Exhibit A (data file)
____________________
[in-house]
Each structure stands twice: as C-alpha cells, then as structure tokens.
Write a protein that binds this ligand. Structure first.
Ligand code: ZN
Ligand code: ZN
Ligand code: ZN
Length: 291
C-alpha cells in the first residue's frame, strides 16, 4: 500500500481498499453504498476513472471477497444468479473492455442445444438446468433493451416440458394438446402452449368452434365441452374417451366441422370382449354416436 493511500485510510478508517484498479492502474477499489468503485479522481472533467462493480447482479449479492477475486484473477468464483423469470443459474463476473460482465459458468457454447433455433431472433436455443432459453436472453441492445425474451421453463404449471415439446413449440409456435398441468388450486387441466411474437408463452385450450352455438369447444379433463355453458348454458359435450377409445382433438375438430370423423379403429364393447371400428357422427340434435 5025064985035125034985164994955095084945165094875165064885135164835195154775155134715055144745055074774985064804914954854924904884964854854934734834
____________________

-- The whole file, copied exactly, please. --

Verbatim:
[in-house]
Each structure stands twice: as C-alpha cells, then as structure tokens.
Write a protein that binds this ligand. Structure first.
Ligand code: ZN
Ligand code: ZN
Ligand code: ZN
Length: 291
C-alpha cells in the first residue's frame, strides 16, 4: 500500500481498499453504498476513472471477497444468479473492455442445444438446468433493451416440458394438446402452449368452434365441452374417451366441422370382449354416436 493511500485510510478508517484498479492502474477499489468503485479522481472533467462493480447482479449479492477475486484473477468464483423469470443459474463476473460482465459458468457454447433455433431472433436455443432459453436472453441492445425474451421453463404449471415439446413449440409456435398441468388450486387441466411474437408463452385450450352455438369447444379433463355453458348454458359435450377409445382433438375438430370423423379403429364393447371400428357422427340434435 5025064985035125034985164994955095084945165094875165064885135164835195154775155134715055144745055074774985064804914954854924904884964854854934734834